The sludgy, complex problem of trains and leaves on the line | WIRED UK
Leaves and branches falling on UK railways cost millions to fix and cause massive delays. But simply cutting down all the trees is no solution
Trains heading towards Bradford on Avon’s tiny two-platform station, nine miles outside the historical town of Bath, pass through an avenue of coast redwood trees. The sequoias have been in the area since around the 1830s, when the railway tracks were first laid.
The rows of trees are the tallest lining Britain’s 20,000 miles of railway track but they are only a tiny portion of more than ten million trees within 60 metres of the country’s railways.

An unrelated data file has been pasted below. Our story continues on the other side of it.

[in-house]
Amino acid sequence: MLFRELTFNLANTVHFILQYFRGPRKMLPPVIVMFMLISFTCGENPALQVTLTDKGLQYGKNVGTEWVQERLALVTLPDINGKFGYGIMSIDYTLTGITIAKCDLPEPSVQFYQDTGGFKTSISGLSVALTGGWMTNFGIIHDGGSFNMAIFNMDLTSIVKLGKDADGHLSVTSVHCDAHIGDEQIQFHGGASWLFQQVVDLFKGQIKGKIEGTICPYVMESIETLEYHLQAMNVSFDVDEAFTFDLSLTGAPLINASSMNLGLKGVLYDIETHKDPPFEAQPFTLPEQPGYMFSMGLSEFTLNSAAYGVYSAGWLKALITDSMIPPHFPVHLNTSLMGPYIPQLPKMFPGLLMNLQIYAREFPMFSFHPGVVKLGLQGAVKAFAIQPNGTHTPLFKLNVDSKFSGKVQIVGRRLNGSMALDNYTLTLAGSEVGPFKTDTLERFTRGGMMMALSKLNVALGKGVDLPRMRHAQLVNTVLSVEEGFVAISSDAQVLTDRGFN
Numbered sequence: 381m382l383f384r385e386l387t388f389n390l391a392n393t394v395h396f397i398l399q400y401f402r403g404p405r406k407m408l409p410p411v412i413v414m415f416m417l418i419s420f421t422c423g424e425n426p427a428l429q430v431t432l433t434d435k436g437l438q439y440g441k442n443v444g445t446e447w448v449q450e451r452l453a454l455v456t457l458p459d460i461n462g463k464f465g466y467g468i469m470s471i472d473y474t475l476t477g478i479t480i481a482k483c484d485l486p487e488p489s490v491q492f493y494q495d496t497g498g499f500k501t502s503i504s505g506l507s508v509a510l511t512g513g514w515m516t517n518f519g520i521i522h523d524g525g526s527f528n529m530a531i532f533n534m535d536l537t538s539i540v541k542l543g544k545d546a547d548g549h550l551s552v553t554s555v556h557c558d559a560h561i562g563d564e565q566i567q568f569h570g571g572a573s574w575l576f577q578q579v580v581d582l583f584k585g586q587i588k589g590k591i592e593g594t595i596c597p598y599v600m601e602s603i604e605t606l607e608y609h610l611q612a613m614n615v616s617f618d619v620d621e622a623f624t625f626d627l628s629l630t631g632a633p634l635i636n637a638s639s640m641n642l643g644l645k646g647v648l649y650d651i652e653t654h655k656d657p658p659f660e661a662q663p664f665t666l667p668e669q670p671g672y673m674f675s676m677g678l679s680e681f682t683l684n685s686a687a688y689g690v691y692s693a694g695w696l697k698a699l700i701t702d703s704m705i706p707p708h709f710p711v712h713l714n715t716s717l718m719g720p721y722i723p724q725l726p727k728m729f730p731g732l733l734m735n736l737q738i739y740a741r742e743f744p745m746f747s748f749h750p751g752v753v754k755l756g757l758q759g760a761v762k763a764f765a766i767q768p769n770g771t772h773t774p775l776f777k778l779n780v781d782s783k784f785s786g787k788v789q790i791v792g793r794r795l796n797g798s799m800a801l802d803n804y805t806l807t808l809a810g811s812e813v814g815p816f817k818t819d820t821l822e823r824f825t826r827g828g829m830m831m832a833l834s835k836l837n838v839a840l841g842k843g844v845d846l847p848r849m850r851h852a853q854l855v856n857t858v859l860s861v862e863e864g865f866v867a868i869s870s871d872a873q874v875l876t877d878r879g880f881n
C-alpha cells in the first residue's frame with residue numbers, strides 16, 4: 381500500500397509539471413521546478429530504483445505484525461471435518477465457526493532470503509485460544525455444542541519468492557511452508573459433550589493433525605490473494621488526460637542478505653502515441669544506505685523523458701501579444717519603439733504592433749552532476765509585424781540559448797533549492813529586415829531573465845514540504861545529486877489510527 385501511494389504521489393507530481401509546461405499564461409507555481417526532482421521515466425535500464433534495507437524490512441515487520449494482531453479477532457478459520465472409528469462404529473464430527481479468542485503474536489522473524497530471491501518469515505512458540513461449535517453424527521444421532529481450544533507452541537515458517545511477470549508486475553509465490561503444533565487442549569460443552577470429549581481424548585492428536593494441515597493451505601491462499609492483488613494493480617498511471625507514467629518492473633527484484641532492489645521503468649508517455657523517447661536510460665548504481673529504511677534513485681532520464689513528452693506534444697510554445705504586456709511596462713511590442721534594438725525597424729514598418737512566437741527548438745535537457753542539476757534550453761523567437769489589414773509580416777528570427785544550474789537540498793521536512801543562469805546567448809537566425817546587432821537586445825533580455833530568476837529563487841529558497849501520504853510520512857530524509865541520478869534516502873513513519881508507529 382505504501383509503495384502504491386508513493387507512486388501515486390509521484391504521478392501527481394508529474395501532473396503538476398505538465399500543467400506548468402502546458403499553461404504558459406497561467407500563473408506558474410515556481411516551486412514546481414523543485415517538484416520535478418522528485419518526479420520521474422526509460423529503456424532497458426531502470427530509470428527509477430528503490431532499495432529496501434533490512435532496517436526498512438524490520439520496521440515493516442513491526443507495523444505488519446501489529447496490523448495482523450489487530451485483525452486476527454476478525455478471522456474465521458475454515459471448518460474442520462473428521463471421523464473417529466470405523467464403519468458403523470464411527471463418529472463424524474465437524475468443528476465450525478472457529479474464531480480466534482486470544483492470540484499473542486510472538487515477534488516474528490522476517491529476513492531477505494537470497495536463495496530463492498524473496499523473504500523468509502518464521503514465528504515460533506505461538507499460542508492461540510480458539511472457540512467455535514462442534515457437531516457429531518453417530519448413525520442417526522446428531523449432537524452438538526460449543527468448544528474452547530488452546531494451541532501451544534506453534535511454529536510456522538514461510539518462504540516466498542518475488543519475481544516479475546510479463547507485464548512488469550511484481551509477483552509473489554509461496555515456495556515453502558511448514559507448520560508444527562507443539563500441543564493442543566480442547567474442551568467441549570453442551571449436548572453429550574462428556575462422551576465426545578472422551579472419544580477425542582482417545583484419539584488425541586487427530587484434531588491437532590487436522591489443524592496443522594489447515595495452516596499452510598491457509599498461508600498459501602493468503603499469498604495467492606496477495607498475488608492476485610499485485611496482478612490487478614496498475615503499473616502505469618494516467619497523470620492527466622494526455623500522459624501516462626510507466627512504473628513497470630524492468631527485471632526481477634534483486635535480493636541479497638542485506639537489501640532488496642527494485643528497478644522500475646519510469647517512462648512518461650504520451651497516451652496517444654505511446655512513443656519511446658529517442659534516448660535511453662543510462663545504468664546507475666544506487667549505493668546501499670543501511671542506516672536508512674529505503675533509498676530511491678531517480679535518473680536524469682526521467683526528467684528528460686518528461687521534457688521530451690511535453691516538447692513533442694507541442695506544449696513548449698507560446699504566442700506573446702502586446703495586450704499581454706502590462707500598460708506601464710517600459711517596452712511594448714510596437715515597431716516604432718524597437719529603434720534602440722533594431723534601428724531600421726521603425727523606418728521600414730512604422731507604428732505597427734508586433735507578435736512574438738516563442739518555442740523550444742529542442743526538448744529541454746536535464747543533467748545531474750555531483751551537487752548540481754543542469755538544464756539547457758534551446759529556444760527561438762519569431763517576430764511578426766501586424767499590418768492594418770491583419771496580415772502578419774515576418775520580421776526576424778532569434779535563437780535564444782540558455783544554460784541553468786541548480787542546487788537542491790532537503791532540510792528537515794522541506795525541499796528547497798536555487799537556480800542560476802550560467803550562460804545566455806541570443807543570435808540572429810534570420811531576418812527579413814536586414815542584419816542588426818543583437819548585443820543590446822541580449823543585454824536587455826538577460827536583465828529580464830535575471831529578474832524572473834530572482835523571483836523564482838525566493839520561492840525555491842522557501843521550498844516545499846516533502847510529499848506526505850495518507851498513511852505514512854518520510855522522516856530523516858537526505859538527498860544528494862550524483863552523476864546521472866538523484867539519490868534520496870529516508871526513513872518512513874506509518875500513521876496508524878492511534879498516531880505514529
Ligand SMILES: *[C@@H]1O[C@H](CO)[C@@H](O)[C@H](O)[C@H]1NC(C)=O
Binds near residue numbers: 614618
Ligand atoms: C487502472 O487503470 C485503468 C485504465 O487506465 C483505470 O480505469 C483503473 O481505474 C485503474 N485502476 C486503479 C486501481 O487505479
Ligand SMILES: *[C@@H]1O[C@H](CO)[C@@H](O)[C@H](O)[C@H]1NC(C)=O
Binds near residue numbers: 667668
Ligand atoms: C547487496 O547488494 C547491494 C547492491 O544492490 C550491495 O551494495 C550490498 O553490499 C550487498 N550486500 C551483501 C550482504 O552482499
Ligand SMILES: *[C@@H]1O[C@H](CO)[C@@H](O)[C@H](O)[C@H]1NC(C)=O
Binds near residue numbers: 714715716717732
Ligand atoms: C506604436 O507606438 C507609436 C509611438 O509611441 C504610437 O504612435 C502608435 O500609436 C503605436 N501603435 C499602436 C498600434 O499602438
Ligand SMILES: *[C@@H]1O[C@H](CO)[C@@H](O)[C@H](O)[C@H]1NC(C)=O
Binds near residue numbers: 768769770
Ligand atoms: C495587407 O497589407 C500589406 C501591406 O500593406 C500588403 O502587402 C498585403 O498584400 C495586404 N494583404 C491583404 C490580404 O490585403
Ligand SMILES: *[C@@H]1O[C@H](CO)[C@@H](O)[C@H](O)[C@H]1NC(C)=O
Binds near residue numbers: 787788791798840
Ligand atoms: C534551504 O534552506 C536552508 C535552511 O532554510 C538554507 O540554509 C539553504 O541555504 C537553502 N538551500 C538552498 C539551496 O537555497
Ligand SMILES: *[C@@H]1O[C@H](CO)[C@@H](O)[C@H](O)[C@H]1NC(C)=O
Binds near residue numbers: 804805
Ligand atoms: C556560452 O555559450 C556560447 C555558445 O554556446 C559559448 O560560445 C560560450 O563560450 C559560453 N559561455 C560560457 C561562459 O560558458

In 2017, Network Rail estimated that 20.1 per cent of the trees next to train tracks in England were from the ash species, 18.1 per cent were oak, sycamores made up 16.5 per cent, while less common Lime trees and Horse chestnuts make up fewer than one per cent each. The sludgy, complex problem of trains and leaves on the line | WIRED UK